JB- power is limited by the amount of air you can get in. Air is limited by the port/valve flow and the cam duration. The cam duration is limited by drivability/ practical rpm needs, as well as diminishing returns as friction as parasitic/intertial losses mount exponentionally with RPM. This isn't just me, but engineers working with heads like those at Edelbrock, AFR or Canfield, as well as consultants like David Vizard and Superflow Flowbench engineers. Superflow say you need an intake flow of .27 to .28 cfm/hp/cyl on race gas even given unlimited compression ratio and cam duration. I figure a rule of thumb setting the cylinders at a constant 4 is hp=intake flow, everything perfect, on pump gas, and have posted that and used it for a while as an absolute limit. This would mean .25 cfm/hp. I am now suggesting that it may be better to work backwards from exhaust flow, as many OE castings are limited by exhaust flow, or exhaust residuals. In other words, if the cycle was starting fresh everytime, your pumping losses would be less, and your mixture to burn pure enough, that you'd make more power than you do having to deal with the 'problems' left behind by an exhaust volume that is unable to clear itself. Anyway, I'm now using exhaust flow divided by .79 equals hp (for a 4cyl). I actually was posting an IM to QwkSwede on here earlier tonight and my figures matched jr-55's fairly closely. Mine were a little more pessimistic.
BTW, Kenny's Burn Vs. Quench Vs. Sqirl thread from last year is a recommended read from the archives. The 2 cent summary: Often getting a good burn outweighs the need for flow.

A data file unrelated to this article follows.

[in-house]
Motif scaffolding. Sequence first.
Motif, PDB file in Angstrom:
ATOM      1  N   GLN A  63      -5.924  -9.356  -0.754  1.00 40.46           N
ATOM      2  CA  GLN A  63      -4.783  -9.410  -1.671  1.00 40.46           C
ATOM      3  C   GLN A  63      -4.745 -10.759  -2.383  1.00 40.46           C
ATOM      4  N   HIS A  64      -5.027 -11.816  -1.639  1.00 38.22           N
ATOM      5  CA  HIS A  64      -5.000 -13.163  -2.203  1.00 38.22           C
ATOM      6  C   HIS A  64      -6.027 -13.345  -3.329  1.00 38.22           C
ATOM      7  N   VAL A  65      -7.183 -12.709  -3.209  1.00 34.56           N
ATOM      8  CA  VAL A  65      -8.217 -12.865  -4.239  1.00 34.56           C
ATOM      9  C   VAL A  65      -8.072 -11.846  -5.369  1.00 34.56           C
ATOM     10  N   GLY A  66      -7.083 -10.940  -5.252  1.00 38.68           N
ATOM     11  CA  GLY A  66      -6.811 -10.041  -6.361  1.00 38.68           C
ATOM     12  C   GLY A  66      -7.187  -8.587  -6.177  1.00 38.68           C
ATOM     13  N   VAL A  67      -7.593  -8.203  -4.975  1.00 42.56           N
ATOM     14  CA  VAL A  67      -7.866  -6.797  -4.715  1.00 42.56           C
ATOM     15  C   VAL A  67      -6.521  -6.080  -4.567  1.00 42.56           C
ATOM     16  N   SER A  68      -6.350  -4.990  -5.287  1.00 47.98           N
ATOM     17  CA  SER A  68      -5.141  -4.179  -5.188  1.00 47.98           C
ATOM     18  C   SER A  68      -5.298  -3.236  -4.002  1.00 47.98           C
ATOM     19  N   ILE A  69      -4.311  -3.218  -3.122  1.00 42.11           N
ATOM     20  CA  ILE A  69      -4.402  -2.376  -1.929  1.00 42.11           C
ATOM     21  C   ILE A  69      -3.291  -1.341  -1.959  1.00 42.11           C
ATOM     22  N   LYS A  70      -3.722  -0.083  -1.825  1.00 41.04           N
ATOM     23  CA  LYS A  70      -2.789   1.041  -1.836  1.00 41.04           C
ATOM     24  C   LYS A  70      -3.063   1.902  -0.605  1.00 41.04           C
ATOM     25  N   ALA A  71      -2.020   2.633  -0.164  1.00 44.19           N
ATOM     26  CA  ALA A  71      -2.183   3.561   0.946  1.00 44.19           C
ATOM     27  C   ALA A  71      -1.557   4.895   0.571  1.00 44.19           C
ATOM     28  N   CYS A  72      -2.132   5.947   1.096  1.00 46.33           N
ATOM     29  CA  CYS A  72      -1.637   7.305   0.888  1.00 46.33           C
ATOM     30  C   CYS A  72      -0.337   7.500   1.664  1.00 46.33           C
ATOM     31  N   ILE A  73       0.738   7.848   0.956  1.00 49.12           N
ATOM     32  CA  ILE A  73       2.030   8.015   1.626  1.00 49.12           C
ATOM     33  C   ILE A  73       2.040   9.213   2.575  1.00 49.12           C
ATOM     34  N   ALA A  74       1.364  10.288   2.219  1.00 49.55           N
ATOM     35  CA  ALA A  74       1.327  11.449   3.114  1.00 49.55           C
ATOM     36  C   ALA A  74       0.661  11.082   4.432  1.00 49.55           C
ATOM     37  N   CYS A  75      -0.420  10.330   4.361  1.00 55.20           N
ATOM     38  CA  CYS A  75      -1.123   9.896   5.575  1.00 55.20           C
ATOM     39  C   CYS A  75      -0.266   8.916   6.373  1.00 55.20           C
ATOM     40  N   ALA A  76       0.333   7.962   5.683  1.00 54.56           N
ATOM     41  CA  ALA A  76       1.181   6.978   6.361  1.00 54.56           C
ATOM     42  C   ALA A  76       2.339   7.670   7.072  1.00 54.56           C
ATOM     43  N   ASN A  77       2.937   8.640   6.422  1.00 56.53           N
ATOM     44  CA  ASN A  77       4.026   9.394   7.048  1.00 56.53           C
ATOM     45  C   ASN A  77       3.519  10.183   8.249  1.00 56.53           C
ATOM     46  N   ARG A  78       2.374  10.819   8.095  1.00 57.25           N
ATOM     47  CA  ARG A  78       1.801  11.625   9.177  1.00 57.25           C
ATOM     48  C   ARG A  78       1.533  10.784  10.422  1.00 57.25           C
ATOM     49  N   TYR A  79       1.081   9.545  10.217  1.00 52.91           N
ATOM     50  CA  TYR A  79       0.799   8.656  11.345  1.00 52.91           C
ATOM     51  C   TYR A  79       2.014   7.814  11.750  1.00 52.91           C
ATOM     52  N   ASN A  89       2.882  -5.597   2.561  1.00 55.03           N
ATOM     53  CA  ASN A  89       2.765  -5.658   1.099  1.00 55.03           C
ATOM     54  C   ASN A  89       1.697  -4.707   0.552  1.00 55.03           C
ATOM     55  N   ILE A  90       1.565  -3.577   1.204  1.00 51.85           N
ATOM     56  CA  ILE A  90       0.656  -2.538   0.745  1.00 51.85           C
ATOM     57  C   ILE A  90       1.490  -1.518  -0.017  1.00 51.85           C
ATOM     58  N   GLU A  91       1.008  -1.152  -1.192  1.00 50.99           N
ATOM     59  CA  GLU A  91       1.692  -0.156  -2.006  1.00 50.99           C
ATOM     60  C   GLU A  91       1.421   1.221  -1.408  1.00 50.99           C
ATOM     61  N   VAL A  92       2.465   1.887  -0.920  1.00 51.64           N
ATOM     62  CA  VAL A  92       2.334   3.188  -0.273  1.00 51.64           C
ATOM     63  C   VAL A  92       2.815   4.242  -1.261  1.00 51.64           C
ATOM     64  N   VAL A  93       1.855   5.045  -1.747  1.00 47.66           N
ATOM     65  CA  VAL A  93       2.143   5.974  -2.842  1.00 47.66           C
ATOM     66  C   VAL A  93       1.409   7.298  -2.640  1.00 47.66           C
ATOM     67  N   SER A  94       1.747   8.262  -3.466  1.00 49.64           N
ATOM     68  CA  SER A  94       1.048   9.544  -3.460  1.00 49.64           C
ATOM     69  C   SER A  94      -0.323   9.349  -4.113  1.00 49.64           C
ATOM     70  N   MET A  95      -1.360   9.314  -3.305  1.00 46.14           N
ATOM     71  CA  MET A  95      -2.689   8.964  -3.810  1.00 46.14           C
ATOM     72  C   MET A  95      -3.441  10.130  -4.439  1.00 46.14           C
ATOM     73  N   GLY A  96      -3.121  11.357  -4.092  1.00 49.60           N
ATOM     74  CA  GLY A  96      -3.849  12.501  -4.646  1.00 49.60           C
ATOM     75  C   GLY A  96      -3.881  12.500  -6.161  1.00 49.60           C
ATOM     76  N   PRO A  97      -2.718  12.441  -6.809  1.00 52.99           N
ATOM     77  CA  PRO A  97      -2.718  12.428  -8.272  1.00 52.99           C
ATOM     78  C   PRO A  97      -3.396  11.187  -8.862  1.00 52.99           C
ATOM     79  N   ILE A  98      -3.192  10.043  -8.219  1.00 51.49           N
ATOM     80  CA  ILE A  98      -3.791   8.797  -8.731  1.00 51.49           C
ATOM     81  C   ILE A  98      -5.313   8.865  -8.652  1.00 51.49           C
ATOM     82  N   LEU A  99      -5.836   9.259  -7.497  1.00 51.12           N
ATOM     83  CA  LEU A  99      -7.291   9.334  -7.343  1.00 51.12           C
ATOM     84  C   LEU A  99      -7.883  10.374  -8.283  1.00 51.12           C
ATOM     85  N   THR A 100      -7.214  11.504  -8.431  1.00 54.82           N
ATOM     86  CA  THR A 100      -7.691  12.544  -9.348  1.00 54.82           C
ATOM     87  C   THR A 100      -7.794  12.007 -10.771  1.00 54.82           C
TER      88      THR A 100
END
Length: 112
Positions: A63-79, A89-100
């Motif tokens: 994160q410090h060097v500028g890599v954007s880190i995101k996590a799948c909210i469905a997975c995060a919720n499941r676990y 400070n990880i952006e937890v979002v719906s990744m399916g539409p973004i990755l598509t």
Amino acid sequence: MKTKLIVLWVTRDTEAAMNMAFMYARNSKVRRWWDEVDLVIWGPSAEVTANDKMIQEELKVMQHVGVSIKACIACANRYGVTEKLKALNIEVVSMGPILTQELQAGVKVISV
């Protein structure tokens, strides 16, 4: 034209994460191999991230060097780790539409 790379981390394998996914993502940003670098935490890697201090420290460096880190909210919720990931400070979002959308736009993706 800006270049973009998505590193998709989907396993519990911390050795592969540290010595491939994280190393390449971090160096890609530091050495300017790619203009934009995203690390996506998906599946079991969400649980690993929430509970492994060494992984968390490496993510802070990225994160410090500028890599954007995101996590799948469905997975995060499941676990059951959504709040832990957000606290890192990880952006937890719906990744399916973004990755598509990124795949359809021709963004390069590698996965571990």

The flow figures above are of a 405 I had tested to back to back compare my modifications to stock. ... and not to brag, but I had the bench testing done by Neil Fedderly. Neil's brother Bernie (might be cousin?) is the crew chief for John Force.
I've examined 405 and 398 heads and cannot see an exhaust port difference, even when Matt has explained via email where he is seeing it.
I tend to think the 405's large intake shortside radius is all important.
I don't think you can match the big port head with a small port head, just based on that alone.
I do, however, look at the 405 as a compromised design, wherein the design brief probably included a need for it to match the intake manifold and gasket design already set into production for the 160. Especially at the entrance, it looks as if it's blended to round where it would have been ovoid/D shaped given a free rein.